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The Warsaw Voice » Culture » May 7, 2008
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Stroll Through History
May 7, 2008   
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Krakowskie Przedmieście is one of the oldest thoroughfares in Warsaw and dates back to the 15th century. The street was originally named Czerskie Przedmieście as it led to Czersk, 30 km to the southwest. It was later renamed Wąskie ("Narrow") Krakowskie Przedmieście before dropping the "wąskie" during the 19th century.

Krakowskie Przedmieście, which becomes Nowy Świat Street once you cross Świętokrzyska Street, is popularly known as the Royal Route, linking the capital's Old Town with some of its most historic buildings. Interspersed between the tenements of long-gone burghers, you can find the Presidential Palace, the Potocki Palace, which houses the Ministry of Culture and National Heritage, the University of Warsaw, and the Academy of Fine Arts.

The street's church architecture is also worth a look, especially the Church of the Sisters of the Visitation, St. Anne's Church and Holy Cross Church, which houses the heart of Poland's greatest composer, Frederic Chopin.

Until recently, the street's charms were marred by its poorly maintained pavement and sidewalks. Plans to renovate Krakowskie Przedmieście were drawn up at the beginning of the 1990s but the first stage of the work, at the southern end of the street, only began in September 2006.

Krzysztof Domaradzki's Dawos studio redesigned the street as a "semi-pedestrian mall" by restricting vehicular traffic. This entailed narrowing the roadway to two lanes, widening the sidewalks and restricting vehicular access to buses, taxis and special permit vehicles. These restrictions, which have applied to the southern end of the street since the first stage of the work was completed in May 2007, will apply to all of it once the northern end has been completed later this year. Scrupulous attention has been paid to the quality of materials used. The bitumen surface is being replaced with granite blocks and the sidewalks are being paved with sand granite imported from China, similar in appearance to the metal street surfacing of the 18th century.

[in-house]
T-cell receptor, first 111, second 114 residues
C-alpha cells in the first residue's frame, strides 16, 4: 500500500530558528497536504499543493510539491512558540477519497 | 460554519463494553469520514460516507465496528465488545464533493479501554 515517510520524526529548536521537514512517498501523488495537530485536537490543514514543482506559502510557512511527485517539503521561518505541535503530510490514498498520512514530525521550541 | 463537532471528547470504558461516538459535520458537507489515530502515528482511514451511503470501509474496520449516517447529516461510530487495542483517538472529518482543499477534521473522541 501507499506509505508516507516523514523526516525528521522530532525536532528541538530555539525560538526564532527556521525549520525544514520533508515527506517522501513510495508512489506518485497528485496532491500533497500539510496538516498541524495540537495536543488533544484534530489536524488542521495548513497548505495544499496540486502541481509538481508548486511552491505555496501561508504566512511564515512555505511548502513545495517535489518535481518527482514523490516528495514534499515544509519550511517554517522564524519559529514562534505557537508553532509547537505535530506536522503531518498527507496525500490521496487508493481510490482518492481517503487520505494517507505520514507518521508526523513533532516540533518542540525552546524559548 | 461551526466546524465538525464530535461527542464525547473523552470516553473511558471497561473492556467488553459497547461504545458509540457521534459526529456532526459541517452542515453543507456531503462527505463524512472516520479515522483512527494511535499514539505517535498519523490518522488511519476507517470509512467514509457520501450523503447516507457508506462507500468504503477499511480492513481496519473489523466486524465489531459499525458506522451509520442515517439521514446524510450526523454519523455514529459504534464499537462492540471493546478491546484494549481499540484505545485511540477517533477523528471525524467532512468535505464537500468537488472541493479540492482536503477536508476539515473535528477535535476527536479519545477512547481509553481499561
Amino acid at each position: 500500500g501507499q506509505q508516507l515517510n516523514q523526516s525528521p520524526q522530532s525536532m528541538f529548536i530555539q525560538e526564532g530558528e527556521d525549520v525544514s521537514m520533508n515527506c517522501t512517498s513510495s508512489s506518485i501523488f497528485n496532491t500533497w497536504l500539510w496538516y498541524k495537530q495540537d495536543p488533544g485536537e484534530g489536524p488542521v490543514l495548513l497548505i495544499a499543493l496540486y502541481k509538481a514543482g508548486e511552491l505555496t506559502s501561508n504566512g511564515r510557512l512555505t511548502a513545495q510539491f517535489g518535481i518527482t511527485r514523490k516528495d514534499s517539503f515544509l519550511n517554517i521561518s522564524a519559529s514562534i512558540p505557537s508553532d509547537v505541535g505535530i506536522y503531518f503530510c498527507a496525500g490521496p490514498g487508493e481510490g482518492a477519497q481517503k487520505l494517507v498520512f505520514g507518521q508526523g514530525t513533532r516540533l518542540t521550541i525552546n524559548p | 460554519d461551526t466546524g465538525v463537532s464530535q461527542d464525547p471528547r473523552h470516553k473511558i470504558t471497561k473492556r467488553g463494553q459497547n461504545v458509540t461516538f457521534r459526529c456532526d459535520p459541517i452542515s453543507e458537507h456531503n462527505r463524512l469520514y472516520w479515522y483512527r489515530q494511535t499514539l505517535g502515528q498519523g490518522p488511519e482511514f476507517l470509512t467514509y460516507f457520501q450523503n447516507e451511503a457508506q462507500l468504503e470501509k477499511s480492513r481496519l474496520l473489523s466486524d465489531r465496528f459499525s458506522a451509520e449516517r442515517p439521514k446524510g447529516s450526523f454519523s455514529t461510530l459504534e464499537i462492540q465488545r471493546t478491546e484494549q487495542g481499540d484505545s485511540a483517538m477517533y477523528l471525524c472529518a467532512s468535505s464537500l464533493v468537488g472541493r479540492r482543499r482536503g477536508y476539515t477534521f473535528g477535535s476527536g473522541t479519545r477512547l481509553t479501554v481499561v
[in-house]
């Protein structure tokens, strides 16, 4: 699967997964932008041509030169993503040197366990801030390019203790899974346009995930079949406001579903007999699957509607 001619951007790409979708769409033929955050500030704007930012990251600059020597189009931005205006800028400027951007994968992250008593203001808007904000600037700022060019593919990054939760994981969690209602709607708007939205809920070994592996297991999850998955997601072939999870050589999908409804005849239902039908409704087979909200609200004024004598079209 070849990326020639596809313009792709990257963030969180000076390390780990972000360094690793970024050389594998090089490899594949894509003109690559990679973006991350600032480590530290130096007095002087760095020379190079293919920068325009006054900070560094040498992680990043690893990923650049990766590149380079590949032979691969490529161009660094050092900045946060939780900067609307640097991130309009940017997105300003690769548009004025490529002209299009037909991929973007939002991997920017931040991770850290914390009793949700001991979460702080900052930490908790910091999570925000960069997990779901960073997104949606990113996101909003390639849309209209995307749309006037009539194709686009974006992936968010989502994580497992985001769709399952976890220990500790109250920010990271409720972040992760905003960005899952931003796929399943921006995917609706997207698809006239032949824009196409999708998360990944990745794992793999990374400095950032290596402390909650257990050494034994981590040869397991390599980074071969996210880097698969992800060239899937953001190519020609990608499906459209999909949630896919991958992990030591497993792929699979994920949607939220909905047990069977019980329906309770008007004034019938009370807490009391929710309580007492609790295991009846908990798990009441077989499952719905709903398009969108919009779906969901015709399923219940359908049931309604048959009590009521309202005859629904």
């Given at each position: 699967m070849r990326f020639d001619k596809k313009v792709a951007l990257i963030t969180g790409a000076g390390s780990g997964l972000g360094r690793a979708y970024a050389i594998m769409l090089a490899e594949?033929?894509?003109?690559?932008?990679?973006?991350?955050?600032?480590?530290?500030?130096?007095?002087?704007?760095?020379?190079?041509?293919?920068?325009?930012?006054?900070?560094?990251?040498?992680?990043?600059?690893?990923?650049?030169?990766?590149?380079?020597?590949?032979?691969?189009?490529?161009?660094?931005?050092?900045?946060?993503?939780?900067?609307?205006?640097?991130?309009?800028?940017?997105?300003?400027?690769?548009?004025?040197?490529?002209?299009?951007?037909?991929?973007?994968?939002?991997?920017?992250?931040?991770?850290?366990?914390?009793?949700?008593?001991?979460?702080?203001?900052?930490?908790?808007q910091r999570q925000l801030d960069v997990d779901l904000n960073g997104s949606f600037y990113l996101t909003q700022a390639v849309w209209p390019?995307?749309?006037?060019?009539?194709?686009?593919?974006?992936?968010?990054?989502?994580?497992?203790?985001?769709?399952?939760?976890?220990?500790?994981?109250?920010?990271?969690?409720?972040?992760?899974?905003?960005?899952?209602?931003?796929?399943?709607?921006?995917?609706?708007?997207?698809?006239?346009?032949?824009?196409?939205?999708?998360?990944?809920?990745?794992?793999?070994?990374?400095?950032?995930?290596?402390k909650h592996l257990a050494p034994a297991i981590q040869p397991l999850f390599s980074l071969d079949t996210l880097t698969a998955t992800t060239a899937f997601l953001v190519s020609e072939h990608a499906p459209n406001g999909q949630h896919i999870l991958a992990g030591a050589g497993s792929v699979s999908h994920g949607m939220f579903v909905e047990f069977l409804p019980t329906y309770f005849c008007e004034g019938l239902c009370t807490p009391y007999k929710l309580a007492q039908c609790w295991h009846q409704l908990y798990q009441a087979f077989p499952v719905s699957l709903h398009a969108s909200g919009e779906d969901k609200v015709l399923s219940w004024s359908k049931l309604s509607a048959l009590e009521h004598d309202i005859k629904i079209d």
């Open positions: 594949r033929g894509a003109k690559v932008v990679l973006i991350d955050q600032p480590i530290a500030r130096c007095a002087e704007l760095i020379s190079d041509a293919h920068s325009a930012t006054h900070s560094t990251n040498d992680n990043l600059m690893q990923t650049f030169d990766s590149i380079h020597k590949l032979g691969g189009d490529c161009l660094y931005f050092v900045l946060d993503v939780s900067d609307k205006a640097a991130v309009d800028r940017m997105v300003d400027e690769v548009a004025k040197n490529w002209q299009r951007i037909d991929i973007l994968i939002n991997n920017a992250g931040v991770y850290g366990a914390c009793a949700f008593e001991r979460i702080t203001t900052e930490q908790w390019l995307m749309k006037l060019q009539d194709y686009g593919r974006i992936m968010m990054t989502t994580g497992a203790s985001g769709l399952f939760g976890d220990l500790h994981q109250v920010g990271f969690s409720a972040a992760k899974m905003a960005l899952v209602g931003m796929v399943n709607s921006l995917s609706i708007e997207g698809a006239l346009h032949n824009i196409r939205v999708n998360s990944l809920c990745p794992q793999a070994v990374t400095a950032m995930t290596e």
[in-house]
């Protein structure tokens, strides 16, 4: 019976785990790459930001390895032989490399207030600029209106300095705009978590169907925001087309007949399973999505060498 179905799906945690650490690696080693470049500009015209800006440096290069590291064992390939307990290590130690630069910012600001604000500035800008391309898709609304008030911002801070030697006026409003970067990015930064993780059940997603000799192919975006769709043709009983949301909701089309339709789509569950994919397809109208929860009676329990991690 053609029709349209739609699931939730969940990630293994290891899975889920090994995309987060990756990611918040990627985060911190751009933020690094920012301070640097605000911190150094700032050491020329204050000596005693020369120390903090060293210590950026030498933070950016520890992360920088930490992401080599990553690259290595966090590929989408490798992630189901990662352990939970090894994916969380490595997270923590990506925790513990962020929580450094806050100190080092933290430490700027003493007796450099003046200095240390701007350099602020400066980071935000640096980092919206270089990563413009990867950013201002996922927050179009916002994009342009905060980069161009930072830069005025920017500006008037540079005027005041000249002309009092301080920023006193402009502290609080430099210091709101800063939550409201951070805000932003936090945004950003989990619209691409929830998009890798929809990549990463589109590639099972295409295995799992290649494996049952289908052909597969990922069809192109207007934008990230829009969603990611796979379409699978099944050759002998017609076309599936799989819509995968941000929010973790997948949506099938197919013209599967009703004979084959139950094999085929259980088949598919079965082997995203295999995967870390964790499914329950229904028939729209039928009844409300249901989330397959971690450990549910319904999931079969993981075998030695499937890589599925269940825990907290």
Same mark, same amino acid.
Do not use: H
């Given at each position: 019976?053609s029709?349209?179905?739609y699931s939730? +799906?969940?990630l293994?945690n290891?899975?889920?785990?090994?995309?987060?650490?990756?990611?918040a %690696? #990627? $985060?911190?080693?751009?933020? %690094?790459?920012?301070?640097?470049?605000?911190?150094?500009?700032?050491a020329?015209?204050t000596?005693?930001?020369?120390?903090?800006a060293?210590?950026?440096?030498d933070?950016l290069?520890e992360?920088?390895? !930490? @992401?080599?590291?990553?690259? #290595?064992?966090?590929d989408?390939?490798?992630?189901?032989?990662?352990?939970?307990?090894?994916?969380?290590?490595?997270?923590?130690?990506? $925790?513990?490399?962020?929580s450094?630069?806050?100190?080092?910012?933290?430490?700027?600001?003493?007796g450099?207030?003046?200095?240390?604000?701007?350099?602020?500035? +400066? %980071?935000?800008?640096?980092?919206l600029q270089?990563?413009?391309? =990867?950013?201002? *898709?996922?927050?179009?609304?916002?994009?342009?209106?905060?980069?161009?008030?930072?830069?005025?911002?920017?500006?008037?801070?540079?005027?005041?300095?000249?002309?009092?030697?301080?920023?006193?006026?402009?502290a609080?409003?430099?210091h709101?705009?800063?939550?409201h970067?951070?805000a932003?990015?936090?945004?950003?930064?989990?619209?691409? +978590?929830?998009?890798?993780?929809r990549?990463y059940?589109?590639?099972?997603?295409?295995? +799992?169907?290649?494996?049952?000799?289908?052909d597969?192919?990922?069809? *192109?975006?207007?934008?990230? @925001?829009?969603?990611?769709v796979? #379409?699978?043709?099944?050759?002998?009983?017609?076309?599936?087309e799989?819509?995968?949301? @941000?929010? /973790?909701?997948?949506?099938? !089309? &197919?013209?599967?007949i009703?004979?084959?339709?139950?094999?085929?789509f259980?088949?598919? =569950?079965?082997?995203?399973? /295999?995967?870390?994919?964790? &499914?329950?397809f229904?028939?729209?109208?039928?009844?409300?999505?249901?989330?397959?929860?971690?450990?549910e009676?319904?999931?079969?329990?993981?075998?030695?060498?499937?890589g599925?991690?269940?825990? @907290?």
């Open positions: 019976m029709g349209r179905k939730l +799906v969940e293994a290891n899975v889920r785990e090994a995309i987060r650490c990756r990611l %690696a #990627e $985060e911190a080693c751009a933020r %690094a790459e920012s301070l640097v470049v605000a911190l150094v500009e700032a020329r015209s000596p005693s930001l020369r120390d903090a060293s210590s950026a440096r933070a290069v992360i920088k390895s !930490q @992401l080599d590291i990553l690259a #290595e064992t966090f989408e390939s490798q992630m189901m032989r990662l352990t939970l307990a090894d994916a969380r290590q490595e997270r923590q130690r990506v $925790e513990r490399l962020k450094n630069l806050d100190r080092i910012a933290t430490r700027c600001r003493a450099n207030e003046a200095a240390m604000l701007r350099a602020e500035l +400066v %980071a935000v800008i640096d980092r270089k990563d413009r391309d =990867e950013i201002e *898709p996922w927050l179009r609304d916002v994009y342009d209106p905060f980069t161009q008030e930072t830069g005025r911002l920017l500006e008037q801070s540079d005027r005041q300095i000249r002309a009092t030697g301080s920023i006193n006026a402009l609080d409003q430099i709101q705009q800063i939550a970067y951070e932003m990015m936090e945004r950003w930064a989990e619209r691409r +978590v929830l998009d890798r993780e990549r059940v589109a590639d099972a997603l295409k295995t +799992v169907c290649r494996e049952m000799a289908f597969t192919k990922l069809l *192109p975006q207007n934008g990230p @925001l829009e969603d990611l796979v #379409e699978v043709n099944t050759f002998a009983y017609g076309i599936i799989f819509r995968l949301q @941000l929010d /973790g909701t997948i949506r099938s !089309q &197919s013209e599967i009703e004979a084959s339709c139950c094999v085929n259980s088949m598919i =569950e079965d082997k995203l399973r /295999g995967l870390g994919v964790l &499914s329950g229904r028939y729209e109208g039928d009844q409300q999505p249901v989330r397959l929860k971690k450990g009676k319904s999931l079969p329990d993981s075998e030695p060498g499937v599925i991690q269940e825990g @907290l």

Indeed, the overall aim is nothing less than restoring Krakowskie Przedmieście's 18th century splendor. The street's heyday was captured in paintings of the Venetian artist Bernardo Belotto (1720-1780), more commonly known as Canaletto. Canaletto was court painter to Poland's last king Stanisław August Poniatowski (1732-1798), and is best known for his European cityscapes including those of Warsaw. Canaletto's canvases were painted with photographic precision, so much so that they were used in rebuilding Warsaw after its almost total destruction during World War II. His attention to detail and color have been of invaluable assistance to the present renovation work.

Four back-lit "Canaletto Cubes" highlighting the artist's work are to be installed along Krakowskie Przedmieście at those places where he is believed to have painted them. This will allow passers-by to compare the now with the then. The first Canaletto Cube can already be found near the Nicolaus Copernicus monument.

Planning and carrying out the facelift of what is at once an important historical thoroughfare and a main artery of a modern capital was no mean feat. The architects had to balance a respect for history with modern requirements. They had to steer a tight course through the City of Warsaw, the Warsaw Municipal Roads Board and the Warsaw Officer for Historic Monuments. Delays due to court cases and documentation problems were inevitable. Warsaw citizens likewise had their fair share of inconvenience as well.

Whether it has all been worthwhile is left for the public to judge.

Magda Błaszczyk
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